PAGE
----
Tuesday, June 3rd, 2014 - posted by Carvan

By Nolen Nychay

Appalachian State University, partnered with a French university, will be the sole representative of Appalachia’s green ingenuity in the third European Solar Decathlon. Kicking off June 28 in Versailles, France, the competition will pit 20 energy-independent houses built by collegiate teams against each other in a sustainable development showdown.

In 2011, Appalachian State, based in Boone, N.C., won the People’s Choice Award in the U.S. Solar Decathlon. This year’s team has tried to improve upon the best attributes of the last project for this year’s competition.

Image of the solar home

Appalachian State University’s net-zero energy home, shown above under construction in Boone, N.C., will compete in the 2014 European Solar Decathlon. The university’s Appalachian Energy Center offers green building and energy efficiency workshops for continuing education credit. Photo by Dudley Carter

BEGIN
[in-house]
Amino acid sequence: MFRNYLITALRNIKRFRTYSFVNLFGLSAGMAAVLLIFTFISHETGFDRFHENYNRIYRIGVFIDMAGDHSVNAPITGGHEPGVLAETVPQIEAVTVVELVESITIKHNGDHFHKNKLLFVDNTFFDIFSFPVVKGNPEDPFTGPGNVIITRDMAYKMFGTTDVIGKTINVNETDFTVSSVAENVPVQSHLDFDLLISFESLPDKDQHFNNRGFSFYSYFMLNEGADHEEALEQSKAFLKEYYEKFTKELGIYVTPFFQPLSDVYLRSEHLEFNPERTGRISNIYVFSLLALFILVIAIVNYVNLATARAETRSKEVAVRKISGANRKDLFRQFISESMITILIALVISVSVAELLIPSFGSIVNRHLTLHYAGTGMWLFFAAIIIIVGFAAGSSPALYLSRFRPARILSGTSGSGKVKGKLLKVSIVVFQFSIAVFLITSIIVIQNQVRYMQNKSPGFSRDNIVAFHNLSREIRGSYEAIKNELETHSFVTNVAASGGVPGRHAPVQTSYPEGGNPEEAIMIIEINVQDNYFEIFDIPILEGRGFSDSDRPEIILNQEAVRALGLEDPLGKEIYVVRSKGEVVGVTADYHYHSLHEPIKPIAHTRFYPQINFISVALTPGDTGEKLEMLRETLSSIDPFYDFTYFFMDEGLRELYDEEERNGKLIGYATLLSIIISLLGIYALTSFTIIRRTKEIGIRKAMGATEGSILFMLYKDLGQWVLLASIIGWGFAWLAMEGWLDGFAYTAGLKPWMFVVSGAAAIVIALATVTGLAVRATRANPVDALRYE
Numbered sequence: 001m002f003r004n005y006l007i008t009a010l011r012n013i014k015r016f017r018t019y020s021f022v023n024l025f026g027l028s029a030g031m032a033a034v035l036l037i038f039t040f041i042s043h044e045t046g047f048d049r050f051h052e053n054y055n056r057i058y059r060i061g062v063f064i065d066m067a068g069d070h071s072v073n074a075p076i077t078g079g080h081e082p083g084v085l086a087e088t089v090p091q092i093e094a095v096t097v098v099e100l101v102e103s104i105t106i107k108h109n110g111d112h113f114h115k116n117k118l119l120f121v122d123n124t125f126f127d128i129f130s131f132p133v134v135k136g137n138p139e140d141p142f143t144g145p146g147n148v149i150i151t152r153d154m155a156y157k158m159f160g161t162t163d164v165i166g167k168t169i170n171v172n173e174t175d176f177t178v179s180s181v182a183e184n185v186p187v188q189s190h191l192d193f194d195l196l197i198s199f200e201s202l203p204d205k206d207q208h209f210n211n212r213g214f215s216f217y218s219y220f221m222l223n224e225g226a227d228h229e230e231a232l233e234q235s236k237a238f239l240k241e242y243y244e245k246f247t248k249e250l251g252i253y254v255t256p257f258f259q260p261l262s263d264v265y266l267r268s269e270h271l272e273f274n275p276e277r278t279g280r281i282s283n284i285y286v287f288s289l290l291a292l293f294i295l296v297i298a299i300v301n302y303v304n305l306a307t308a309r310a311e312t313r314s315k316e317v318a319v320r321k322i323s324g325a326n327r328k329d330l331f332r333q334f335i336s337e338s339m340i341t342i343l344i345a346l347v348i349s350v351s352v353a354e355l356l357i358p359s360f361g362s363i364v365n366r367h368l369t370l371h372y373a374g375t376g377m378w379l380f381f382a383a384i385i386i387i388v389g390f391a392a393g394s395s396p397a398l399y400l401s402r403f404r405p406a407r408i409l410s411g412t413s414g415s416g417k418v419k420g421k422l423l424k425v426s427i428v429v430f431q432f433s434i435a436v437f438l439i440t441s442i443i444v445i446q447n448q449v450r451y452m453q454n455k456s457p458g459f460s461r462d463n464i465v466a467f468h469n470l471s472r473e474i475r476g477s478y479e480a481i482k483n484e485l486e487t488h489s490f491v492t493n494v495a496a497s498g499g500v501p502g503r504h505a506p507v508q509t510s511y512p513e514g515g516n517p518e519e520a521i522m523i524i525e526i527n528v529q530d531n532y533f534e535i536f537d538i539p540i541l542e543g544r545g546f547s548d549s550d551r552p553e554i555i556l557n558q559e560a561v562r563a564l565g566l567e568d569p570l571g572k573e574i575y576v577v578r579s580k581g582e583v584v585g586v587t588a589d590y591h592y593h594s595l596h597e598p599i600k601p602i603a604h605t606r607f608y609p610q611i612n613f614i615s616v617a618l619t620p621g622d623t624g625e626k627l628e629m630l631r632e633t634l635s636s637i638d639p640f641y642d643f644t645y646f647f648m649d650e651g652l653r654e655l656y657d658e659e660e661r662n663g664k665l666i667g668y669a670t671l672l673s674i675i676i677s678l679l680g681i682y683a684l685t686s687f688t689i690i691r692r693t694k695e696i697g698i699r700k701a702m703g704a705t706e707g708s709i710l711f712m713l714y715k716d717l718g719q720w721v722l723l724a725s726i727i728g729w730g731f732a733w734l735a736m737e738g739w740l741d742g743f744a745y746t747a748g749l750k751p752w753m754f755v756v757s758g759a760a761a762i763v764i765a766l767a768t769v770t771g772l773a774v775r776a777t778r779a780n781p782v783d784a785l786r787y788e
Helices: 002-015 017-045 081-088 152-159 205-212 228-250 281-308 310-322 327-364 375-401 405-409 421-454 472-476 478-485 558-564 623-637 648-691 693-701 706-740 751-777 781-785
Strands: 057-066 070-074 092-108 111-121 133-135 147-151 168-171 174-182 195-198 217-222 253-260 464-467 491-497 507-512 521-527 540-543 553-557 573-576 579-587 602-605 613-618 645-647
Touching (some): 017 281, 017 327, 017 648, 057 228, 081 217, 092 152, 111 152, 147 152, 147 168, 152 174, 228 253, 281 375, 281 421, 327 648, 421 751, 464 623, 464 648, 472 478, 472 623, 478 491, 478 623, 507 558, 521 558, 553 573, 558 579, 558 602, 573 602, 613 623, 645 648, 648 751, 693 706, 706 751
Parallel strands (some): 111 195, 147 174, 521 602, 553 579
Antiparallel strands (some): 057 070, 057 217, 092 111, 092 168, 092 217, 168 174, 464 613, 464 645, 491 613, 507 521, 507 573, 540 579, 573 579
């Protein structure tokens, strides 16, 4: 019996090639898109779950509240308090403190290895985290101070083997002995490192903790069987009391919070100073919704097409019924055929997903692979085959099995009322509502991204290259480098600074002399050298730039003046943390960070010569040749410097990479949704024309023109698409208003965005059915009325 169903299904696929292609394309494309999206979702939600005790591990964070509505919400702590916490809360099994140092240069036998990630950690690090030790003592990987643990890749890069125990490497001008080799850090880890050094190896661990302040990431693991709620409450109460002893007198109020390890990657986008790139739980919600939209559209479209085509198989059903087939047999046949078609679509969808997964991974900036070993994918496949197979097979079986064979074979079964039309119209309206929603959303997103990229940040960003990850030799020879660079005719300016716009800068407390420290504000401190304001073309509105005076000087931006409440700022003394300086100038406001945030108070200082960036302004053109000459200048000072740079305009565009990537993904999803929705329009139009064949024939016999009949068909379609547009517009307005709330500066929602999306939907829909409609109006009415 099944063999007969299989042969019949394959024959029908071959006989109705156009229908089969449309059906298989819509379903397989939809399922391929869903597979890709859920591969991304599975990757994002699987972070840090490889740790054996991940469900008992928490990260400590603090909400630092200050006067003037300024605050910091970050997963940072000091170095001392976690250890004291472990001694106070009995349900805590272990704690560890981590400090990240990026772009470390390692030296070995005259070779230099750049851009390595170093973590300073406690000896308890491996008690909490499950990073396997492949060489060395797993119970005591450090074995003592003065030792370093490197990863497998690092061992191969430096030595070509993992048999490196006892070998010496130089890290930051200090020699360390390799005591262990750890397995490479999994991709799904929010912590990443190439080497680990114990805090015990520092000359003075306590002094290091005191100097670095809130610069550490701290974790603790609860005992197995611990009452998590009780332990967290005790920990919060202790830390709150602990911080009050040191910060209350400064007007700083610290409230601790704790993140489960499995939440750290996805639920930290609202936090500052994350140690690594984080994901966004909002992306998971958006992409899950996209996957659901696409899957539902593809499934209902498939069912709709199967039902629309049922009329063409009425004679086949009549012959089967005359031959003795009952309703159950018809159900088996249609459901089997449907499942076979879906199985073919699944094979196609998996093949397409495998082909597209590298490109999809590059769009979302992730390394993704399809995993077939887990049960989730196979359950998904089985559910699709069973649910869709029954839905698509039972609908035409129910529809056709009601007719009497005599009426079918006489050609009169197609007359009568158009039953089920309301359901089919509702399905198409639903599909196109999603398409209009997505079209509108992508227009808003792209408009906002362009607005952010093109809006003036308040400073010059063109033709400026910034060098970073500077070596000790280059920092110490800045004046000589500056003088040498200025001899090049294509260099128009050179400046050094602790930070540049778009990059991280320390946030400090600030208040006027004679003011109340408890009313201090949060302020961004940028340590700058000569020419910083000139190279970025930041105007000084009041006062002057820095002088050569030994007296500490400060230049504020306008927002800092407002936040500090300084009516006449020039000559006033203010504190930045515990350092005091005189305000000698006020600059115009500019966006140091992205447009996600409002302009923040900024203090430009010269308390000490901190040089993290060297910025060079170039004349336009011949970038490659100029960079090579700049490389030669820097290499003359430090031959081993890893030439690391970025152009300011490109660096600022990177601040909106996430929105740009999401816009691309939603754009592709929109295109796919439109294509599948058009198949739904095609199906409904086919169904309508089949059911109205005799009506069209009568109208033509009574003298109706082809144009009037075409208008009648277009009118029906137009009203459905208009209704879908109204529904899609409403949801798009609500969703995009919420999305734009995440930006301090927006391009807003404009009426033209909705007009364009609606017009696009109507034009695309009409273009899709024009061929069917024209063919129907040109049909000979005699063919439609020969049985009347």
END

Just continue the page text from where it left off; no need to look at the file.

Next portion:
The Appalachian team has dubbed their latest solar-powered home “Maison Reciprocity,” which is, at press time, being ferried across the Atlantic in six separate modules. These pieces will be reconstructed in the l’Orangerie gardens near the Palace of Versailles. Until then, the team is finalizing drawings, writing a comprehensive project manual and creating an interactive iPad application to complement the building.

The Team

Appalachian has partnered once again with the Université d’Angers in France to form Team Réciprocité, or “Team REC,” as they call themselves stateside. This is the most recent collaborative project between the two institutions, which have maintained an academic relationship for more than thirty years. After nearly two years of intense planning, fundraising and construction, the students of Team REC feel confident about their entry in this year’s competition.

“We are very lucky to have such a well-rounded and comprehensive [Appropriate Technology and Building Sciences] program here at App State,” says Mark Bridges, Appalachian Solar Decathlon communications manager.

“It makes the whole process so much easier when everyone speaks the same lingo and can collaborate creatively to make an airtight design.”